You could just grin and bear for the module and then run a homebrew game. Ask the players up front what they want out of the game.


One simple trick that seems to work is taunt the players with the NPC..."troll" them into hating the character. Another idea is have said NPC keep popping up as the cause of problems for there group...framing them, steeling a prize they are after, reek havoc on things they like or are after.


Make them play serpents skull. From mod 1 to 6 are many npcs we have grown to loathe!!


Here's a few thoughts:

Have them scry on the party and when the PCs accomplish something, the naughty npc can run in to claim he did it and get the reward.

Have the NPC disguise themselves as one of the PCs and commit embarrassing social faux pas so all the town snickers every time they see the PC. Examples: getting drunk and urinating on a public building, wetting their own pants, making out with a donkey. (This one will make some players mad, so only use it if you know your group well enough to be sure they won't be upset.)

Or instead of a faux pas, have the disguised NPC be seen robbing merchants or sneaking out of an aristocrat's wife's bedroom late at night.

Have the NPC openly mock the party while they are talking to important people, perhaps in a court. Make sure that mockery influences the person they are trying to converse with. Maybe a duke is about to pay them to do something, then when the jerk NPC jeers that they can't do it, the Duke will agree it would be best to lower the price, or not pay anything in advance after all.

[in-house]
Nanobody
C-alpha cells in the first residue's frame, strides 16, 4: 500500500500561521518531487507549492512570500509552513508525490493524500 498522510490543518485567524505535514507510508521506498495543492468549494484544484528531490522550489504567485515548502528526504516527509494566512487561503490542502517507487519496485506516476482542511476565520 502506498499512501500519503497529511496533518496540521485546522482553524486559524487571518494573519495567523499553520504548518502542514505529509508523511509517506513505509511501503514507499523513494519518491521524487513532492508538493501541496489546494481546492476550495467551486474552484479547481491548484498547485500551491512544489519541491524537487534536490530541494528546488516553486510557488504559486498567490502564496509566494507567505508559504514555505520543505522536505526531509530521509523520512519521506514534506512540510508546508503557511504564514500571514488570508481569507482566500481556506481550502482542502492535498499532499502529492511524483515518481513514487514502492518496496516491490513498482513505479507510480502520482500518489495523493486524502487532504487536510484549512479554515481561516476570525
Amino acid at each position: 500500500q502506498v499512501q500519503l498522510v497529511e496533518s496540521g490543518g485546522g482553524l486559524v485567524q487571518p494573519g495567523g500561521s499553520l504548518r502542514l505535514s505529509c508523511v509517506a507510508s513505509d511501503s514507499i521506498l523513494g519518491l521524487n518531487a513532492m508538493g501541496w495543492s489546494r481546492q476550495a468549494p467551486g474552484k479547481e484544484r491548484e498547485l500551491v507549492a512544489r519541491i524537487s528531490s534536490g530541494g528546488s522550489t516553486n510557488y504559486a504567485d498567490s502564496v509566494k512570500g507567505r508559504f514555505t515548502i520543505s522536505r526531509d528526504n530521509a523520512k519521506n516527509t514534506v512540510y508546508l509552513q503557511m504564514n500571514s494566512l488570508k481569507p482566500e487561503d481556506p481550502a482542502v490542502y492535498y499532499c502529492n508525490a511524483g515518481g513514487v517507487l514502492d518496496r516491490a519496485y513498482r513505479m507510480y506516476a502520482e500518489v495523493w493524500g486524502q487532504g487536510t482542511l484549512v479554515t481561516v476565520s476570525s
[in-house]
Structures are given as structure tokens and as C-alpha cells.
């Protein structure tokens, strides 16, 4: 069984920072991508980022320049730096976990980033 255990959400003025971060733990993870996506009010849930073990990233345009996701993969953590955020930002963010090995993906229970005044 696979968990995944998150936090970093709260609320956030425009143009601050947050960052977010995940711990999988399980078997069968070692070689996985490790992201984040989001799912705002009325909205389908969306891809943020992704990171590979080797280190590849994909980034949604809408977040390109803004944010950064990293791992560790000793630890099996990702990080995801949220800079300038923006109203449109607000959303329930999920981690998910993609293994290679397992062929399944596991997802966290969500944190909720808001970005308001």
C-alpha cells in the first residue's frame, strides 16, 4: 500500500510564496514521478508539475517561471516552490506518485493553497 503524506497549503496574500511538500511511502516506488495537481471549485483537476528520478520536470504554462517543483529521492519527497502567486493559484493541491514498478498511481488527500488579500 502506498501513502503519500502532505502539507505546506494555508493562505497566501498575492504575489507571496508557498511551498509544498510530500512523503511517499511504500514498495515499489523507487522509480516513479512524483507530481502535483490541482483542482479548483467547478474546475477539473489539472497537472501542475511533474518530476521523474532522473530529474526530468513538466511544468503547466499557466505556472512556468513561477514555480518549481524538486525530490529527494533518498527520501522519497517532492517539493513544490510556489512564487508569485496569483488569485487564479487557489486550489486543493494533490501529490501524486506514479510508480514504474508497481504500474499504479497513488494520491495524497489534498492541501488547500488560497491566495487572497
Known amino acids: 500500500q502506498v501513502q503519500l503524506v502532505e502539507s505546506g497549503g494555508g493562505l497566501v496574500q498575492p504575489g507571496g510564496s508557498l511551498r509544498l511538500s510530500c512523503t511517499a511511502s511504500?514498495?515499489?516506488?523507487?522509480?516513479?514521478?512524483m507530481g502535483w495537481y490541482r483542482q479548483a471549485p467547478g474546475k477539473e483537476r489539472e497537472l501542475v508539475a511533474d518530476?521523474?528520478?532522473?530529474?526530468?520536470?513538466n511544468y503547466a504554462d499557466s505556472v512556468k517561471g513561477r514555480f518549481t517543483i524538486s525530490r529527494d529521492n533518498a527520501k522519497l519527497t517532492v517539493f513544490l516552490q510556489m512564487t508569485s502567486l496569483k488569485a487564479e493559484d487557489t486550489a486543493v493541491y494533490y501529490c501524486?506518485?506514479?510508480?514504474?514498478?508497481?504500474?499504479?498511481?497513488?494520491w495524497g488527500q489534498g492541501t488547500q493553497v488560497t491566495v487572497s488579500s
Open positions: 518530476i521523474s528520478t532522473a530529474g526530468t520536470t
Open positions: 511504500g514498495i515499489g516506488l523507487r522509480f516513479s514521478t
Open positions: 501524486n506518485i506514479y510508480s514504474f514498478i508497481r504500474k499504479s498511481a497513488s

Make a number of NPCs that are really nice to the party, like inn keepers who shine their shoes at no extra charge, or a minor noble who always throws the PCs parties after they succeed in a mission. Then have the evil NPC screw over their buds. Kind of like the Count of Monte Cristo.

Have an NPC that kicks dogs, spits at peasants, or acts very degrading to commoners. Never breaks the law, just acts like a total jerk in every way and shows no remorse.


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Find the player triggers, and if you have a great group, the character triggers. Build from there. Now, use contrast to highlight these triggers, this will help with the players hating the npc not you.

I have a group with a character that hates slavery, a player that needs the spotlight, a stubborn player, and thief I can't get a read on. So I have one quest NPC that is a Robin Hood for the oppressed, flatters the deva, and yields to the stubborn (he is also cultured) and another quest NPC that is taking bribes from slavers in a role of authority, treats the diva as a dime a dozen mercenary, and does not recognize the stubborn one as anything more than a belonging of the party (racist).

He also ensures quality control of jobs through scrying and detect thought. Imagine every morning having a Scry sensor show up at your camp site to check progress, trivial to fool but insulting to the proud. Imagine giving up a lock of hair as a condition of employment, so that they can Scry on you every job, or should you go rogue. Imagine being offered a will save against detect thoughts at the start of every audience as his pet wizard stands behind him and pries at your mind. Imagine being offered second tier jobs because resisting the mind reading was a sign of bad faith. And on top of everything, you could probably feed him his own toes, all his levels are in aristocrat, but that would make them outlaws, throw the region into turmoil, leave a power vacuum (power vacuum, that is a great hook for any character that wants to make his way up the political food chain).